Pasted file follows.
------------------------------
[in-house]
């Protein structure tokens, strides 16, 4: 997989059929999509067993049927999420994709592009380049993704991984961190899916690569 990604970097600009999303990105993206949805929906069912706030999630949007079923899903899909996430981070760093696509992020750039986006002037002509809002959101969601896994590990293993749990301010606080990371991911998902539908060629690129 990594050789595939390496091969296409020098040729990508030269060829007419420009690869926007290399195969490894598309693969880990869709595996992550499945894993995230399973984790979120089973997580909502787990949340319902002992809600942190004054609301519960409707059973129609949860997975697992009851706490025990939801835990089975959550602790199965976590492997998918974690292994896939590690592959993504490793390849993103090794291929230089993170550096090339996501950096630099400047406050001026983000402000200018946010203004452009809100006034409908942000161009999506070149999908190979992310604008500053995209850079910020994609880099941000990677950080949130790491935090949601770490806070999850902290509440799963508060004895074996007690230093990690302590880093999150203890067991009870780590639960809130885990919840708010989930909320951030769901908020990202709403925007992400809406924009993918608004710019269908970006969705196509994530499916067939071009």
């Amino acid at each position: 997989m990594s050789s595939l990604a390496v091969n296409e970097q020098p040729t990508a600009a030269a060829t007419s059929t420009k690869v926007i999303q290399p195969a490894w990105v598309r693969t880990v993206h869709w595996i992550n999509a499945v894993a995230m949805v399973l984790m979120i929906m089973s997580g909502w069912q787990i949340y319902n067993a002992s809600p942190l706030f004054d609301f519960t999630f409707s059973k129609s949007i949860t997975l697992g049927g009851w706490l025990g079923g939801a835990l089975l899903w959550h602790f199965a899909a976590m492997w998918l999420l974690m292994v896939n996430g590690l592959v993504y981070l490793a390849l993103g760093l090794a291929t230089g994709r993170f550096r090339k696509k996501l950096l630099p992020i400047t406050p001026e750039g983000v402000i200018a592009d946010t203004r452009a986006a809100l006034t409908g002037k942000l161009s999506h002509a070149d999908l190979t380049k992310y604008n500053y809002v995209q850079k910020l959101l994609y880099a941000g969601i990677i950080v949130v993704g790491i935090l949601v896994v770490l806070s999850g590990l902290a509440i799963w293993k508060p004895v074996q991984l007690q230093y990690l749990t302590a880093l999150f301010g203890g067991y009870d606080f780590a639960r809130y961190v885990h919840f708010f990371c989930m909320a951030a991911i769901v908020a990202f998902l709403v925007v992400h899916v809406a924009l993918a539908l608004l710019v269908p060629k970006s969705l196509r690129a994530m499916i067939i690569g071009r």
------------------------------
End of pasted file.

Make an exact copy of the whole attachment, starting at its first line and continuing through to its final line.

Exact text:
[in-house]
């Protein structure tokens, strides 16, 4: 997989059929999509067993049927999420994709592009380049993704991984961190899916690569 990604970097600009999303990105993206949805929906069912706030999630949007079923899903899909996430981070760093696509992020750039986006002037002509809002959101969601896994590990293993749990301010606080990371991911998902539908060629690129 990594050789595939390496091969296409020098040729990508030269060829007419420009690869926007290399195969490894598309693969880990869709595996992550499945894993995230399973984790979120089973997580909502787990949340319902002992809600942190004054609301519960409707059973129609949860997975697992009851706490025990939801835990089975959550602790199965976590492997998918974690292994896939590690592959993504490793390849993103090794291929230089993170550096090339996501950096630099400047406050001026983000402000200018946010203004452009809100006034409908942000161009999506070149999908190979992310604008500053995209850079910020994609880099941000990677950080949130790491935090949601770490806070999850902290509440799963508060004895074996007690230093990690302590880093999150203890067991009870780590639960809130885990919840708010989930909320951030769901908020990202709403925007992400809406924009993918608004710019269908970006969705196509994530499916067939071009």
């Amino acid at each position: 997989m990594s050789s595939l990604a390496v091969n296409e970097q020098p040729t990508a600009a030269a060829t007419s059929t420009k690869v926007i999303q290399p195969a490894w990105v598309r693969t880990v993206h869709w595996i992550n999509a499945v894993a995230m949805v399973l984790m979120i929906m089973s997580g909502w069912q787990i949340y319902n067993a002992s809600p942190l706030f004054d609301f519960t999630f409707s059973k129609s949007i949860t997975l697992g049927g009851w706490l025990g079923g939801a835990l089975l899903w959550h602790f199965a899909a976590m492997w998918l999420l974690m292994v896939n996430g590690l592959v993504y981070l490793a390849l993103g760093l090794a291929t230089g994709r993170f550096r090339k696509k996501l950096l630099p992020i400047t406050p001026e750039g983000v402000i200018a592009d946010t203004r452009a986006a809100l006034t409908g002037k942000l161009s999506h002509a070149d999908l190979t380049k992310y604008n500053y809002v995209q850079k910020l959101l994609y880099a941000g969601i990677i950080v949130v993704g790491i935090l949601v896994v770490l806070s999850g590990l902290a509440i799963w293993k508060p004895v074996q991984l007690q230093y990690l749990t302590a880093l999150f301010g203890g067991y009870d606080f780590a639960r809130y961190v885990h919840f708010f990371c989930m909320a951030a991911i769901v908020a990202f998902l709403v925007v992400h899916v809406a924009l993918a539908l608004l710019v269908p060629k970006s969705l196509r690129a994530m499916i067939i690569g071009r």